My father is a recovering alcoholic, sober for nearly 30 years. Every autumn he returns to his rehab facility to attend an annual reunion event, where he receives a token to mark the latest anniversary of his sobriety. He’s always given these tokens to me, and I now have a large collection of them.
I keep most of these tokens in my treasure chest, but I have two on my key ring. One is the metal chip with a triangle and a Roman numeral III, which he received to mark his third year of being sober. There’s no particular significance to this one compared to all the other years. It just happens to be the one in which I had a hole drilled.
The other one is a DIY chip representing his 25th year of being sober. Dad wasn’t able to attend the reunion event that year — his travel plans were scuttled by Hurricane Sandy. I knew he was disappointed not to receive his special 25th-anniversary token, so I used modeling clay to create a DIY stand-in for him.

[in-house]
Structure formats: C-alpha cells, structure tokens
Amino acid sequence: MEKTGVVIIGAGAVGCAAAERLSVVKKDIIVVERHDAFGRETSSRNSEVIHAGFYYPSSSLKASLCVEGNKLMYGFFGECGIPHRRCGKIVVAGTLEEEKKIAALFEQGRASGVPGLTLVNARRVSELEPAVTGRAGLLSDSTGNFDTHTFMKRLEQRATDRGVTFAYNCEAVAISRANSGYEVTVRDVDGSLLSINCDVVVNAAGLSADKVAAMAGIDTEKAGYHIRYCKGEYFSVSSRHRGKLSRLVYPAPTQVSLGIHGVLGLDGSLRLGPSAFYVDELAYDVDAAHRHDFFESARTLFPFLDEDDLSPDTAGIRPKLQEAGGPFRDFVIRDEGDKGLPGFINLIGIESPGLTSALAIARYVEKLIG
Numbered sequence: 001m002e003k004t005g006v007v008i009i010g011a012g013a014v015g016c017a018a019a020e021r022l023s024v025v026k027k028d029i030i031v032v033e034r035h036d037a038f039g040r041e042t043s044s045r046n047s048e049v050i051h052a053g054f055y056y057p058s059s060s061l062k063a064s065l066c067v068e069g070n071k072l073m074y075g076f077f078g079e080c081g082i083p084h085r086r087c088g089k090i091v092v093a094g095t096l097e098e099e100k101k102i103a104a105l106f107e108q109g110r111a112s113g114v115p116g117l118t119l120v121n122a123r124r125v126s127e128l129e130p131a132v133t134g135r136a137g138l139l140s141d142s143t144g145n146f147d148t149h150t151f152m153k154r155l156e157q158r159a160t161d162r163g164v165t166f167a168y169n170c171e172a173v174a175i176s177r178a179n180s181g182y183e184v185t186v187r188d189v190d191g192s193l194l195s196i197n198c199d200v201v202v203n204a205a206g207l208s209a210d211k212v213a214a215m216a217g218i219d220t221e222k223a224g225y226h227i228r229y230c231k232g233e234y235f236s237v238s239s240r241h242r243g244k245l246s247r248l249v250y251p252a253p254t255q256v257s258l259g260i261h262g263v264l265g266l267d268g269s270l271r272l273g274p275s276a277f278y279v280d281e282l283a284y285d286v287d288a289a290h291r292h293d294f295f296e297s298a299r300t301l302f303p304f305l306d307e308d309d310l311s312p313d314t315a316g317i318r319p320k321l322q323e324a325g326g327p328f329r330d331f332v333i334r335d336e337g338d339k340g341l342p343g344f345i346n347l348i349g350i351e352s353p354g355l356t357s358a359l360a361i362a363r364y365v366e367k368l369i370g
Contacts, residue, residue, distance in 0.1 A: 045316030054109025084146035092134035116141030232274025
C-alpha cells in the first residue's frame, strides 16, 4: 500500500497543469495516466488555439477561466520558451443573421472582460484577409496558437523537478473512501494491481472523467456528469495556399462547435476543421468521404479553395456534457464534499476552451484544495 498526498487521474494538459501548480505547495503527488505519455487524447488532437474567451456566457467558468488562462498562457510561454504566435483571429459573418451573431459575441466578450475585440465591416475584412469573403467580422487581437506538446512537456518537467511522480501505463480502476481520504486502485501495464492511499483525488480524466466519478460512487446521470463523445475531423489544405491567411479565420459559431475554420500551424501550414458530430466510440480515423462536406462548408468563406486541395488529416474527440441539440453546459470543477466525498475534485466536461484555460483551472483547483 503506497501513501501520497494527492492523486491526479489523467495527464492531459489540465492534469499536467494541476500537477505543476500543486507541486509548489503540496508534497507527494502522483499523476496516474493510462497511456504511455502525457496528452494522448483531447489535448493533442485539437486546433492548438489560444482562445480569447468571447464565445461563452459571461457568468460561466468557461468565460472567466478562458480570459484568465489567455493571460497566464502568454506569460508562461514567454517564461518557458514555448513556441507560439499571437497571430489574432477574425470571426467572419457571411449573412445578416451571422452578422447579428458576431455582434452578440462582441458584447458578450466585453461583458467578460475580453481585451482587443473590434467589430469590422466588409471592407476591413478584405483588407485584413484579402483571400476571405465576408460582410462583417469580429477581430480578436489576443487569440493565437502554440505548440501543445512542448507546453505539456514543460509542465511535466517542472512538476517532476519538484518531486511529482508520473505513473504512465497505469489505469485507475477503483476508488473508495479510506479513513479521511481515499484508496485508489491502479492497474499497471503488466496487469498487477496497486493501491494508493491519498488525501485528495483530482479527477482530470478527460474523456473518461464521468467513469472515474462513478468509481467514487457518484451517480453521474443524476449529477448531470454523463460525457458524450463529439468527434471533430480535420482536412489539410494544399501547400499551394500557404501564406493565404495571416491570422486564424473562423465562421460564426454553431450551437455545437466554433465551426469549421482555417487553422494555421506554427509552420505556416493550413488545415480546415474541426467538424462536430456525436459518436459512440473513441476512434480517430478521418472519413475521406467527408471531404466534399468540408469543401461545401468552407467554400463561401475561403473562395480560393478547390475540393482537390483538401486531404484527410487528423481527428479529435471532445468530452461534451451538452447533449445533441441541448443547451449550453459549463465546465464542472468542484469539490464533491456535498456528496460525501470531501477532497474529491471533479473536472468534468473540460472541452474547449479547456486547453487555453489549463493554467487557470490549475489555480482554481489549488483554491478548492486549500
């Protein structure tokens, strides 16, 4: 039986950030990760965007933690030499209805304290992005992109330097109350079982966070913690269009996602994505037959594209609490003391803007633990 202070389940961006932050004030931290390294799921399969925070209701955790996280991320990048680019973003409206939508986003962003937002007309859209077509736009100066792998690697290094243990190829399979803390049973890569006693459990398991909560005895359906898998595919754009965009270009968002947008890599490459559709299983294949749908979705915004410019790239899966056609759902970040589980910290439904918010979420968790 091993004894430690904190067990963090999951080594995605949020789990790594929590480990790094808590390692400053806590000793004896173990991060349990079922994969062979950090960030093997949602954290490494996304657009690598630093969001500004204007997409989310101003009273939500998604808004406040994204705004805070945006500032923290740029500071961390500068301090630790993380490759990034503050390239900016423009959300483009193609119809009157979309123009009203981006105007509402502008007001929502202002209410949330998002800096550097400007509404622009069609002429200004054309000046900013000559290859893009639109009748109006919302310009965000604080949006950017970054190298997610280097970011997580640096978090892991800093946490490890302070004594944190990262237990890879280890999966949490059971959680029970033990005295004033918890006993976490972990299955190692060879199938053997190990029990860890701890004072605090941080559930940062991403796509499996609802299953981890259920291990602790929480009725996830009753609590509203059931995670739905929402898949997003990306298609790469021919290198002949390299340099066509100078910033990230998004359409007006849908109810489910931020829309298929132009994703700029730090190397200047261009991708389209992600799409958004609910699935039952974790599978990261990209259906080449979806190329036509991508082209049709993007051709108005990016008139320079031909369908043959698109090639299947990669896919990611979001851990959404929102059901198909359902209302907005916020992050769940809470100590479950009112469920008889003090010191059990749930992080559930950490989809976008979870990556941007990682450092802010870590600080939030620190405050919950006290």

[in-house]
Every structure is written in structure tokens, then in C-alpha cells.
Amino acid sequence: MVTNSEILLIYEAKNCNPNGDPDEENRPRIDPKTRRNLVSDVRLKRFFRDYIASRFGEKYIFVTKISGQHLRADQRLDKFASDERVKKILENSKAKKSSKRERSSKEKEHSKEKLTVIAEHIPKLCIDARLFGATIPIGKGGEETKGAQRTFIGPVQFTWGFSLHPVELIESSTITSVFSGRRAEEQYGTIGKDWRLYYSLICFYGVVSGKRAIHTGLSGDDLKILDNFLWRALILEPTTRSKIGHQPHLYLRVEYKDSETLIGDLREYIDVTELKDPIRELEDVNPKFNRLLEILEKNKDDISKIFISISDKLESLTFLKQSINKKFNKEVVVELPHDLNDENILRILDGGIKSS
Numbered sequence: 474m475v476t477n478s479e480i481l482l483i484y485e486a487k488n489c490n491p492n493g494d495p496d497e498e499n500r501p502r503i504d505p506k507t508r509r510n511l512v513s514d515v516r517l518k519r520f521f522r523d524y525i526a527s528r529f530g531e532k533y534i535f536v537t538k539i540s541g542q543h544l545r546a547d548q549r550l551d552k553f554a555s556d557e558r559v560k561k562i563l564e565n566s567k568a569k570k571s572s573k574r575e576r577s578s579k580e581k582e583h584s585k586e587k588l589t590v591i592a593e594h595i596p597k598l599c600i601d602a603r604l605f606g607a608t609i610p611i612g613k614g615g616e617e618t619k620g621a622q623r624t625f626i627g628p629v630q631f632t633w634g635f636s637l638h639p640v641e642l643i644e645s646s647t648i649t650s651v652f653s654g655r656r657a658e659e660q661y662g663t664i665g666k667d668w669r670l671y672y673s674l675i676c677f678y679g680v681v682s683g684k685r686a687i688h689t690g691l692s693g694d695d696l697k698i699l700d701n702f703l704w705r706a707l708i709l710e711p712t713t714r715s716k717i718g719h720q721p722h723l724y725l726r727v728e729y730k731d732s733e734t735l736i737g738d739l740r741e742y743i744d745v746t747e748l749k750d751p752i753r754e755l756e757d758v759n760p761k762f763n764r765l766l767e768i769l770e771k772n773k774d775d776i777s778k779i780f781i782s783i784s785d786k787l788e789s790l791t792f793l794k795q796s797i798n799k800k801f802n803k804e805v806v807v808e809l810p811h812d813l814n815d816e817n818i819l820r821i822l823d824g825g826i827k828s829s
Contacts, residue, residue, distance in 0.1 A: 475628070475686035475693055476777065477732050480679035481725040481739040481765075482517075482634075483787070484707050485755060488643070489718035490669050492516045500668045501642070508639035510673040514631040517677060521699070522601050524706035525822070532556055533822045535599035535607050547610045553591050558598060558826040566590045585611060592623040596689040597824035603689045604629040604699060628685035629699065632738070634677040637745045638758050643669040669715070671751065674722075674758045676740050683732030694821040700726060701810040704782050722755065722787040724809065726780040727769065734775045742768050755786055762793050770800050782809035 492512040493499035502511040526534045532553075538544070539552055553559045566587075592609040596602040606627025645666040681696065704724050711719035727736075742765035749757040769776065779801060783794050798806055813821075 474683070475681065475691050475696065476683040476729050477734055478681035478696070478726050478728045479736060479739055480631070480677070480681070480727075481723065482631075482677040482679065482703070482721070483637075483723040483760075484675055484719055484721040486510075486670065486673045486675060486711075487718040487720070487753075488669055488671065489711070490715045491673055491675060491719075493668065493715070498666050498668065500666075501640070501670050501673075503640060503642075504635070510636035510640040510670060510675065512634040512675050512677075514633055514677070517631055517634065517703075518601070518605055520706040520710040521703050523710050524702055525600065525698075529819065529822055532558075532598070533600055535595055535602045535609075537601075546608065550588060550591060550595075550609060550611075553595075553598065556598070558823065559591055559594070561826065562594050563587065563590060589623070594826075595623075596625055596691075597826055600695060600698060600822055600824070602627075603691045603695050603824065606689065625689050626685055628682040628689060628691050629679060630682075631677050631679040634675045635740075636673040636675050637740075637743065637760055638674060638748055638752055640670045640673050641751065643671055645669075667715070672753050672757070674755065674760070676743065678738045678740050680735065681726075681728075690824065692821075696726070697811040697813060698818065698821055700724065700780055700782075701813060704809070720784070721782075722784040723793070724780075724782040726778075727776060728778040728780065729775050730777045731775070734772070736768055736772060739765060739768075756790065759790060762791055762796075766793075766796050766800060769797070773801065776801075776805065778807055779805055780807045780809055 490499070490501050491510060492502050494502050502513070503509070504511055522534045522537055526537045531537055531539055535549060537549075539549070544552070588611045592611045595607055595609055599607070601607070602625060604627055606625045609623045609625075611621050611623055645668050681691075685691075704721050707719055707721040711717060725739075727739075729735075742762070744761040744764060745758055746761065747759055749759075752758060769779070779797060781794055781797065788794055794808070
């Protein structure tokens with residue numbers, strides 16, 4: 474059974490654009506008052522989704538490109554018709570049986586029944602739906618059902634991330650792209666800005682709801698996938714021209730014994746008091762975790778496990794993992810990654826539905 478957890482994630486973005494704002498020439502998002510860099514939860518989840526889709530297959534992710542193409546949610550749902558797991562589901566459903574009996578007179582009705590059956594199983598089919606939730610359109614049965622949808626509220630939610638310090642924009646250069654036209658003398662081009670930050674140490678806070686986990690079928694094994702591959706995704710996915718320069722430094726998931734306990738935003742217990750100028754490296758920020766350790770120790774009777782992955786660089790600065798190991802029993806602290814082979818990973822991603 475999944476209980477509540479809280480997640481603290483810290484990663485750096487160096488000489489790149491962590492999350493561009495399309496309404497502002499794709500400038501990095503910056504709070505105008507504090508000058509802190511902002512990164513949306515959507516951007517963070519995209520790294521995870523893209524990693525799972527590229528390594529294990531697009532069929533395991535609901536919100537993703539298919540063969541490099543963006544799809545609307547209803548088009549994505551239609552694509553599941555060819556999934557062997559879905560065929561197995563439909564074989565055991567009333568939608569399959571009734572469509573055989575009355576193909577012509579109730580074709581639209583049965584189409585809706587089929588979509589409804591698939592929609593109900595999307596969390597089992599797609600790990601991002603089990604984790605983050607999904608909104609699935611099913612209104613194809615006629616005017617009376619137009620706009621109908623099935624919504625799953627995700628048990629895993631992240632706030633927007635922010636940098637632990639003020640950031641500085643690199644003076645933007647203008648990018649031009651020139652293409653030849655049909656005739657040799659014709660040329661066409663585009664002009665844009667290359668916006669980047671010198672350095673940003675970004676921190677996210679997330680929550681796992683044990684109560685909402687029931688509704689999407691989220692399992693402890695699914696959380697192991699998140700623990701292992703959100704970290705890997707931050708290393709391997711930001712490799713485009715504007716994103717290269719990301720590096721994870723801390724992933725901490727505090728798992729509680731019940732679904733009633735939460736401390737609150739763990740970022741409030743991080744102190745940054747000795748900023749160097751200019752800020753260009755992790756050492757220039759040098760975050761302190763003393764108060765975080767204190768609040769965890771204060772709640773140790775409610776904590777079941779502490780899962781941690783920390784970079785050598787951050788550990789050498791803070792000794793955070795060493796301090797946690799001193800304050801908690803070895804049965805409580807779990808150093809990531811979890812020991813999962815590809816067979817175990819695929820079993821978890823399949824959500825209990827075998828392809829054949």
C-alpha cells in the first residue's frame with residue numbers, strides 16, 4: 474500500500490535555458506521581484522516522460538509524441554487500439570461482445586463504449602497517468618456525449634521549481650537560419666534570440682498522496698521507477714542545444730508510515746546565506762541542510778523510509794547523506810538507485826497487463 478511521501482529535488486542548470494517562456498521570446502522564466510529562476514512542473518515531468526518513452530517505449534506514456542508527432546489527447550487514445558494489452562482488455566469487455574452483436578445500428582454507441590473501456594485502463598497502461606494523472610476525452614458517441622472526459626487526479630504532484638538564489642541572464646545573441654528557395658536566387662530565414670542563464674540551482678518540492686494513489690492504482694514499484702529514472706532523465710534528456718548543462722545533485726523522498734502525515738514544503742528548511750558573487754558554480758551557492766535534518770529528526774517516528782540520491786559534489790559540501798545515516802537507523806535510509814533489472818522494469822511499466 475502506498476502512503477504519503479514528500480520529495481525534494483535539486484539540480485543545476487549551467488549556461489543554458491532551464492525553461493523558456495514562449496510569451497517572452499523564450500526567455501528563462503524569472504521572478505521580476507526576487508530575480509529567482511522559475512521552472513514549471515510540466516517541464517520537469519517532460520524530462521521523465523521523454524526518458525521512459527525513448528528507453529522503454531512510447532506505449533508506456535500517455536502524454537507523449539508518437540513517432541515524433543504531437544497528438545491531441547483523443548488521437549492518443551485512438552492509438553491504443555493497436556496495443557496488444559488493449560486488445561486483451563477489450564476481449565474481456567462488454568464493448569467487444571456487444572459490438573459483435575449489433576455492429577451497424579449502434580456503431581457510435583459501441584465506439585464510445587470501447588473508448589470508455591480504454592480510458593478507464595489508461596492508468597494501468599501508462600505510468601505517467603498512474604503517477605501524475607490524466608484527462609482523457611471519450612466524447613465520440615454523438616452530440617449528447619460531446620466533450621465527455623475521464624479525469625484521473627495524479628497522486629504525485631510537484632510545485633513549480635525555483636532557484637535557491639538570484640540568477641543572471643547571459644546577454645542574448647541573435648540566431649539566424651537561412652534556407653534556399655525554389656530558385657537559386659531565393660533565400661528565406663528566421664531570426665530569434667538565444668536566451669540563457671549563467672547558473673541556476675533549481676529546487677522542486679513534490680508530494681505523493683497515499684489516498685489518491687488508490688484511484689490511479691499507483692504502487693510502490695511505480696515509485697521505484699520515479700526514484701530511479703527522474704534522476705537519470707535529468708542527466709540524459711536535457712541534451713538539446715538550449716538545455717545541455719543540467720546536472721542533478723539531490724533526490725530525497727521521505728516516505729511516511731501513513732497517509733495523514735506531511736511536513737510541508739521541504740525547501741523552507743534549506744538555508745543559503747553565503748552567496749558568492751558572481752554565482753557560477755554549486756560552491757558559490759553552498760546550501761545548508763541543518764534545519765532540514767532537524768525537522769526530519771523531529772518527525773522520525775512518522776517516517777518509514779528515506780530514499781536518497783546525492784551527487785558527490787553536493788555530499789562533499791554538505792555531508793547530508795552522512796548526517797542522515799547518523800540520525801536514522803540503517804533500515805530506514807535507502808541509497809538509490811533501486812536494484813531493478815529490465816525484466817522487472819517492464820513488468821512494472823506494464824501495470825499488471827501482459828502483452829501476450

I was afraid the clay chip might burn in the oven or otherwise fail, so I made a second one as a backup and gave the better of the two to Dad. As usual, he immediately tried to give it to me for my collection. When I explained that I had created another one and would simply add that one to my pile, he insisted that we trade, to represent his annual ritual of giving his token to me. The one he gave to me — after I gave it to him — has been on my key ring ever since.
Key Ring Chronicles is a crowd-sourced project that explores the stories behind objects that people keep on their key rings. It was created and is overseen by Paul Lukas, who has kept a quarter with a hole drilled through it on his own key ring since 1987. Readers are encouraged to participate by sending photos and descriptions here.